Let’s not laugh off this “Six Californias” nonsense too quickly.
Sure, everyone living in Los Angeles will hate the idea of splitting California into six very unequal parts; they’d be cut off from virtually any water that isn’t salty, so they’d have to get serious about desalination. People in Sacramento might hate it, too, because they’re too important for such a small sliver of the state. Who knows how San Francisco and San Diego will react; but they already live in a detached state of mind, so they probably won’t even care.
But here in Central California – the arbitrarily assigned name from venture capitalist Tim Draper, who has paid to put his six-state scheme on the ballot in 2016 – the idea might grow some roots.
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Well, in a nutshell (choose almond or walnut), what have we got to lose?
The rest of the state already ignores us. How else to explain poverty so extreme that if we do become a separate state we will immediately be one of the three poorest in the nation (tucked between Mississippi and New Mexico)? It’s not as if the rest of our current fellow citizens don’t know we’re poor. Every once in a great while they show up, wring their hands over terrible conditions – such as entire cities with no potable water – then fade into the sunset to have a glass of nice Valley wine.
We’ve long suspected the only reason they want to build the bullet train is so that they can race through our Valley without having to stare too long at our sad, sweaty faces.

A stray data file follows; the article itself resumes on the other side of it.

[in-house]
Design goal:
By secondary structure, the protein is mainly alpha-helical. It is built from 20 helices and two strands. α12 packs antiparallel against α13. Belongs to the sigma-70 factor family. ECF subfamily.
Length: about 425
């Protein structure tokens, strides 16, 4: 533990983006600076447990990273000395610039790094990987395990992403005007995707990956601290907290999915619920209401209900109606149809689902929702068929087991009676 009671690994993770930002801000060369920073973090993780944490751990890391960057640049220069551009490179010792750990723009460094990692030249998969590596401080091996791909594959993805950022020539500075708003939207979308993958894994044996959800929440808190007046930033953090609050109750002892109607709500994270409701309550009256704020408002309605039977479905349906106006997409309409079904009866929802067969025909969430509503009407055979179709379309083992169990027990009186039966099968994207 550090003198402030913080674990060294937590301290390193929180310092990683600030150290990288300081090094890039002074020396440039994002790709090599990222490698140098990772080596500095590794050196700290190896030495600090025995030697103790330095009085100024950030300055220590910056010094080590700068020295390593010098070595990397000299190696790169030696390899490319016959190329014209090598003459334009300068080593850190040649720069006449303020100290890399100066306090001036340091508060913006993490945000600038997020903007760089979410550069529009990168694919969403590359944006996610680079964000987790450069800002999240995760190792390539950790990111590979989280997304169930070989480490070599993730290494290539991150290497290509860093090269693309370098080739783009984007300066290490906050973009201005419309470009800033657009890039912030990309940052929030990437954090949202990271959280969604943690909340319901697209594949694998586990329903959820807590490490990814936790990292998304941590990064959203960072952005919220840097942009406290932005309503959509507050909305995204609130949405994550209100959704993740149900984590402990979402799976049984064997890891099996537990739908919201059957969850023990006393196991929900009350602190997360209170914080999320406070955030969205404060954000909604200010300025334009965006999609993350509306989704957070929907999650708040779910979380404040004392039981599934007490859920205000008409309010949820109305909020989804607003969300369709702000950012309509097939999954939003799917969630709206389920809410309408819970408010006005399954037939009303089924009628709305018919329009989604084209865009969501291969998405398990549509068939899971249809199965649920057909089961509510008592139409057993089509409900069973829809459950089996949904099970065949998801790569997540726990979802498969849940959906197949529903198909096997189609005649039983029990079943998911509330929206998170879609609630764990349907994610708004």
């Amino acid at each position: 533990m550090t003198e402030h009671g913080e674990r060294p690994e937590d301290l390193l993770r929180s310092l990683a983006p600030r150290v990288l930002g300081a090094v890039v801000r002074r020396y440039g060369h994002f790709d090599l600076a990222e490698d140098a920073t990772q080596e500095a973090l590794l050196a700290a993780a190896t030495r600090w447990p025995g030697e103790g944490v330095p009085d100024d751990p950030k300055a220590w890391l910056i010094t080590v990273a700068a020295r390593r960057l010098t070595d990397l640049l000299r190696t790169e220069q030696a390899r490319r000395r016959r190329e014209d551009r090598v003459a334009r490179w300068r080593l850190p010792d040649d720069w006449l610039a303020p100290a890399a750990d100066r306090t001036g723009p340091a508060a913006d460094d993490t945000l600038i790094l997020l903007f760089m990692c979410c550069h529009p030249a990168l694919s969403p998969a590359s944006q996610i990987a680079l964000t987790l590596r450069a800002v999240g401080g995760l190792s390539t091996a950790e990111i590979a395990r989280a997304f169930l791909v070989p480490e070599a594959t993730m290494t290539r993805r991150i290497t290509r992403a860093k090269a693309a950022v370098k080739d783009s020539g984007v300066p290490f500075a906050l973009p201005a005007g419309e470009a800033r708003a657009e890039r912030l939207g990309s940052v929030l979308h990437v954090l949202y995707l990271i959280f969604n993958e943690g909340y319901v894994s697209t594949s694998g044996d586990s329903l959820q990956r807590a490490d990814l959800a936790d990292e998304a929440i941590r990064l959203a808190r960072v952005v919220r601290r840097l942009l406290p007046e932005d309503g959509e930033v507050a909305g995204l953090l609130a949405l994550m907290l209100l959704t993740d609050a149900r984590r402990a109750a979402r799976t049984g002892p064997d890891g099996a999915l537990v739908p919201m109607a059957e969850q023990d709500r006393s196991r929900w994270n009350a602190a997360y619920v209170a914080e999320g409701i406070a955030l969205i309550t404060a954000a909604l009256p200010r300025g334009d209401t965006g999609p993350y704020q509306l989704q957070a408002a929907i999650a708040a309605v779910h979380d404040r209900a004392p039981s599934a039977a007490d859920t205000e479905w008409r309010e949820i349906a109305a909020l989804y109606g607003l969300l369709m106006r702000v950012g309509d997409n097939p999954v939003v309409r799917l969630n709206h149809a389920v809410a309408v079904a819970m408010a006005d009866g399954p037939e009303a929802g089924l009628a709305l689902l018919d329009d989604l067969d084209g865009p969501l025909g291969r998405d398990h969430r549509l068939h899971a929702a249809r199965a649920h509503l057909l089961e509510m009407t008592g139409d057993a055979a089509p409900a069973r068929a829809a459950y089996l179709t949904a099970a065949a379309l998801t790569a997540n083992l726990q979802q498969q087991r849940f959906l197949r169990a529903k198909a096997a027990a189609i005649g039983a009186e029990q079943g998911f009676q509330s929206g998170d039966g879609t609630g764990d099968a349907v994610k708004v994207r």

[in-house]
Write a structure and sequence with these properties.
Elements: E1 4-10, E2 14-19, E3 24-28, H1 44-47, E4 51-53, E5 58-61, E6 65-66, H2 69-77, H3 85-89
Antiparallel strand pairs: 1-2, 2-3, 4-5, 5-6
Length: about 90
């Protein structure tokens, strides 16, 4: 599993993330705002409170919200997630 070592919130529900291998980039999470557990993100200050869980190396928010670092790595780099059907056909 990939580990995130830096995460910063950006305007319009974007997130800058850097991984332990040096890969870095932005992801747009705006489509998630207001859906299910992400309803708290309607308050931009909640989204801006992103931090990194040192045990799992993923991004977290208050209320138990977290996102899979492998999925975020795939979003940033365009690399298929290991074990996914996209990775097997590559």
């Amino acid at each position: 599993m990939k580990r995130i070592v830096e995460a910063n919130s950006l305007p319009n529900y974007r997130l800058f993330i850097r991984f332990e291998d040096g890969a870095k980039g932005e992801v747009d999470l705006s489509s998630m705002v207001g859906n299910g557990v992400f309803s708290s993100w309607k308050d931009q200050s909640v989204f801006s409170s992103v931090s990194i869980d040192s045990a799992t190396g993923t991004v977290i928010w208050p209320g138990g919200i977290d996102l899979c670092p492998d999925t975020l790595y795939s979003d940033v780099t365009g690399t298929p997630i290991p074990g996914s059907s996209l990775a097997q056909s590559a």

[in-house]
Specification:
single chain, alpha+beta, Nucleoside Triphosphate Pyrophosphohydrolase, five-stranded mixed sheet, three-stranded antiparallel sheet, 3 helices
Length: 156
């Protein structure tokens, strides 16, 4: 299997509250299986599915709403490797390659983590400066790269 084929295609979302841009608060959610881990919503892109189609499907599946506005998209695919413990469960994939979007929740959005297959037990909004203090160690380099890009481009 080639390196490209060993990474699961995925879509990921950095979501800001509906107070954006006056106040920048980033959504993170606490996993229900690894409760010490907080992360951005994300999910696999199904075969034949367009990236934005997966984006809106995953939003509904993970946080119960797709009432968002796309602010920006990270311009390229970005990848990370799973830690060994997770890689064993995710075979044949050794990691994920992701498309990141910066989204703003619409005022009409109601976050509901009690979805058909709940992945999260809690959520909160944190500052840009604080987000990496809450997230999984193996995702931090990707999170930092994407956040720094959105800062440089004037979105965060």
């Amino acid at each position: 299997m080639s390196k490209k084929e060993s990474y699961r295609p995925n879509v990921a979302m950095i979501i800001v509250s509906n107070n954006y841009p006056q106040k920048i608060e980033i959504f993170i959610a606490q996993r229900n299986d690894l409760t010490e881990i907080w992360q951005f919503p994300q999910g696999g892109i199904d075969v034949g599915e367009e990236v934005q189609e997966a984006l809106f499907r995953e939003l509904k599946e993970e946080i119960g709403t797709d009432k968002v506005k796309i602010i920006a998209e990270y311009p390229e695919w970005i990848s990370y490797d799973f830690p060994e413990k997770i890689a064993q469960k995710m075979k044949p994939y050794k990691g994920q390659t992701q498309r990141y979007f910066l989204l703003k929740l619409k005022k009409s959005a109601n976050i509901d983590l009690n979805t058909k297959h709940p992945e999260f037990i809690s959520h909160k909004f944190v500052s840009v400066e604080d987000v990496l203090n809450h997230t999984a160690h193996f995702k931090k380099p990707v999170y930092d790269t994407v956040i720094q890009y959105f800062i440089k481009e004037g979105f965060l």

That’s not to say they haven’t given us a growth industry. The state has built 15 prisons in Central California; no other “new state” would have more than five. Clearly, we’re a dumping ground for things the current state doesn’t want.
Yes, we did finally get a University of California (one of four state campuses in Central California). But how long did we have to wait for it to be built? The answer is too long.
Maybe that’s because money talks, and we usually just listen. We’ve been listening for the sound of that promised economic rebound for the past six years and we’re still listening. The difference between median incomes on the coast and median incomes around here is startling – we’re 70 miles away, but their incomes are 56 percent higher.
Splitting up the state wouldn’t solve any of these problems; it might even make them worse. Except for one thing.
As a separate state, we’d have the San Joaquin River and its delta mostly to ourselves. We’d have to share a little with Los Angeles and a little more with San Francisco through federal contracts, but those mega-farms west of Fresno would be entitled to a lot of the Sacramento River’s flow from the federally built Shasta Dam. And most of the water from the Tuolumne, Stanislaus and Merced rivers would stay right here. That’s because we built most of the dams ourselves.
That’s a lot of sweet, sweet water.
Wonder how much some of that would be worth to folks in Beverly Hills or Tiburon or Menlo Park?
This isn’t to say we accept Draper’s map. Central California is the only state without a coastline (thanks a lot, Tim). But we could fix that. Folks in Salinas, Paso Robles and Lompoc have more in common with us than they do with Silly-con Valley and Lost Angeles. Central California should extend over the mountains, through the valleys and to the coast. With all our fresh water, we think most everyone farming in those communities would rather be part of us than be afterthoughts to all those thirsty urbanites.
Finally, we don’t have to accept what Draper named us, either. New state, new name.
My vote: Water World. It pays to advertise.